Impacts of rising air temperatures and emissions mitigation on electricity demand and supply in the United States: a multi-model comparison

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The electric power sector both affects and is affected by climate change. Numerous studies highlight the potential of the power sector to reduce greenhouse gas emissions. Yet fewer studies have explored the physical impacts of climate change on the power sector. The present analysis examines how projected rising temperatures affect the demand for and supply of electricity. We apply a common set of temperature projections to three well-known electric sector models in the United States: the US version of the Global Change Assessment Model (GCAM-USA), the Regional Electricity Deployment System model (ReEDS), and the Integrated Planning Model (IPMA (R)). Incorporating the effects of rising temperatures from a control scenario without emission mitigation into the models raises electricity demand by 1.6 to 6.5 % in 2050 with similar changes in emissions. The increase in system costs in the reference scenario to meet this additional demand is comparable to the change in system costs associated with decreasing power sector emissions by approximately 50 % in 2050. This result underscores the importance of adequately incorporating the effects of long-run temperature change in climate policy analysis.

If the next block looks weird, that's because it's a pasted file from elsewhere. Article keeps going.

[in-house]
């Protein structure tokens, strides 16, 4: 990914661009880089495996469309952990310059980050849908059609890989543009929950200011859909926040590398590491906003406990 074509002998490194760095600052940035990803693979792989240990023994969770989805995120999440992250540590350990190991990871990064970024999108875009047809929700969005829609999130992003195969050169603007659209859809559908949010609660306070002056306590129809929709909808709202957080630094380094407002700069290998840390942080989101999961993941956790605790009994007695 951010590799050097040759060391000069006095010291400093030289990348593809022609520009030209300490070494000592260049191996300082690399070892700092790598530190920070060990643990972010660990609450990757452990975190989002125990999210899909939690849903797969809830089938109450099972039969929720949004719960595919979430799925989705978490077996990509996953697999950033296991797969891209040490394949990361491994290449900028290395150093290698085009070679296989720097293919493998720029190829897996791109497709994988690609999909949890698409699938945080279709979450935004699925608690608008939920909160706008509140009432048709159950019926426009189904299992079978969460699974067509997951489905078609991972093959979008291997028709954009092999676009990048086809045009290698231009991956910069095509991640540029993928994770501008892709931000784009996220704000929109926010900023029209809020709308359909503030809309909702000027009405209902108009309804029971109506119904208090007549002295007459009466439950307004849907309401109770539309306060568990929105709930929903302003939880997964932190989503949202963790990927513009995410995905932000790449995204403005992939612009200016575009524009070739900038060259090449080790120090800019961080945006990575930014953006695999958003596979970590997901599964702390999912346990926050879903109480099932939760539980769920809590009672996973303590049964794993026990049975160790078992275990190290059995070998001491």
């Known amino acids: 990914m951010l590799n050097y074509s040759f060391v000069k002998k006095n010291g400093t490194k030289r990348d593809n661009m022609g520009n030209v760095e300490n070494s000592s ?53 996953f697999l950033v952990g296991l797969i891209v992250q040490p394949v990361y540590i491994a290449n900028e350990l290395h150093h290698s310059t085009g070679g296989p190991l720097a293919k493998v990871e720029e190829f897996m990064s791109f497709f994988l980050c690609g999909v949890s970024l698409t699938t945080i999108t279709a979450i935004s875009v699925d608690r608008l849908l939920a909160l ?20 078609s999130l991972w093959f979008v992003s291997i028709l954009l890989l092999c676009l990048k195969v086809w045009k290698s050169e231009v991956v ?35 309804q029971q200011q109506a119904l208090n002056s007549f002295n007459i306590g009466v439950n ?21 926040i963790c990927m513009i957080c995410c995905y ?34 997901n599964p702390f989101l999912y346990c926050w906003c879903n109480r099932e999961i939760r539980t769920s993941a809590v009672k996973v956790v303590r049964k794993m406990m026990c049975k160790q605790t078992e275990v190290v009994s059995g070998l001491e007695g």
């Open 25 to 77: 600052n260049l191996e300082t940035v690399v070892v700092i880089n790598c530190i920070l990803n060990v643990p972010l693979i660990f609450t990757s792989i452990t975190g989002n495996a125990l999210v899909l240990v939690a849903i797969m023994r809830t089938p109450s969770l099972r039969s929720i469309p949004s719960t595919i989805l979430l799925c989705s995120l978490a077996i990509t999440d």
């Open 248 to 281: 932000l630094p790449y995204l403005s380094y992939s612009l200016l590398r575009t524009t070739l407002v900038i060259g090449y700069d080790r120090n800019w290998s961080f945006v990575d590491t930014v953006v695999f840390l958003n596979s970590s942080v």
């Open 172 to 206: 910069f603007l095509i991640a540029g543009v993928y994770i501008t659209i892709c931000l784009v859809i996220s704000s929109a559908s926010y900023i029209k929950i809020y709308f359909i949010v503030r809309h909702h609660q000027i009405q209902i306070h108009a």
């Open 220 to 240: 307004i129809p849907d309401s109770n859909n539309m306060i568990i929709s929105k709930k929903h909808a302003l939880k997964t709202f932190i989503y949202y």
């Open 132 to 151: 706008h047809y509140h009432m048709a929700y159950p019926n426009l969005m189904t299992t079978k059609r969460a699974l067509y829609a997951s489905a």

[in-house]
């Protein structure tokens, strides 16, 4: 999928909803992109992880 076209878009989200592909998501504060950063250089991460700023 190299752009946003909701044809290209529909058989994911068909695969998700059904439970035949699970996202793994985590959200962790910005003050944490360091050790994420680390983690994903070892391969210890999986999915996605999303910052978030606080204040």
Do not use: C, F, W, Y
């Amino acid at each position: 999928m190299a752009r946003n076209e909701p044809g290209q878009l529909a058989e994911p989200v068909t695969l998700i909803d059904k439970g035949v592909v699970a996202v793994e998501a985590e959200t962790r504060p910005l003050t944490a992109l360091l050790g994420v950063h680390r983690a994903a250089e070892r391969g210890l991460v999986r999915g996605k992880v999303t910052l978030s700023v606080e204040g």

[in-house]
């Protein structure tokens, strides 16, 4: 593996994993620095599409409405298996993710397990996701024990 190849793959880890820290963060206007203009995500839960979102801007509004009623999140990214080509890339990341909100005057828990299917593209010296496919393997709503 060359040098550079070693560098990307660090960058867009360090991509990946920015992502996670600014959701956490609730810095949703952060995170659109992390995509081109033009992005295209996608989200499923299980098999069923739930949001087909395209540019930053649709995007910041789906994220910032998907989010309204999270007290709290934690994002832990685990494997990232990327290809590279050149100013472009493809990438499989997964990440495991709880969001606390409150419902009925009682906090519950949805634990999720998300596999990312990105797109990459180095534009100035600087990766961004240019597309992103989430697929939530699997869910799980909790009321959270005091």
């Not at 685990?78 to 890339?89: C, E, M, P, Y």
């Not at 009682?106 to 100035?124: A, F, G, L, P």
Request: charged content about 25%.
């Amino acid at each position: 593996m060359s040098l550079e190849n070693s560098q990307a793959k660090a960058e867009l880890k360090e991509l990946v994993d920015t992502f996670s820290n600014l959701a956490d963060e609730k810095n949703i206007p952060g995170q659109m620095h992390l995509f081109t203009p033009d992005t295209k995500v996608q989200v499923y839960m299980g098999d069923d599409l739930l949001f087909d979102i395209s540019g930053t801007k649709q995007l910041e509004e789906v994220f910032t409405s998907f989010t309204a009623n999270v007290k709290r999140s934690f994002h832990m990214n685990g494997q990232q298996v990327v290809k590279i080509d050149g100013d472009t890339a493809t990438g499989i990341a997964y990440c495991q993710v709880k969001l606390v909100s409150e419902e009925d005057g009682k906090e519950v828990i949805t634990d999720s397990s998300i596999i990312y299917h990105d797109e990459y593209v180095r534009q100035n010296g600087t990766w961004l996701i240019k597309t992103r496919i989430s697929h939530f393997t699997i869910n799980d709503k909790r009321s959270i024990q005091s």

Publisher
SPRINGER
Issue Date
2015-07
Language
English
Article Type
Article
Keywords

CLIMATE-CHANGE; ENERGY DEMAND; CHINA

Citation

CLIMATIC CHANGE, v.131, no.1, pp.111 - 125

ISSN
0165-0009
DOI
10.1007/s10584-015-1380-8
URI
http://hdl.handle.net/10203/203434
Appears in Collection
MT-Journal Papers(저널논문)
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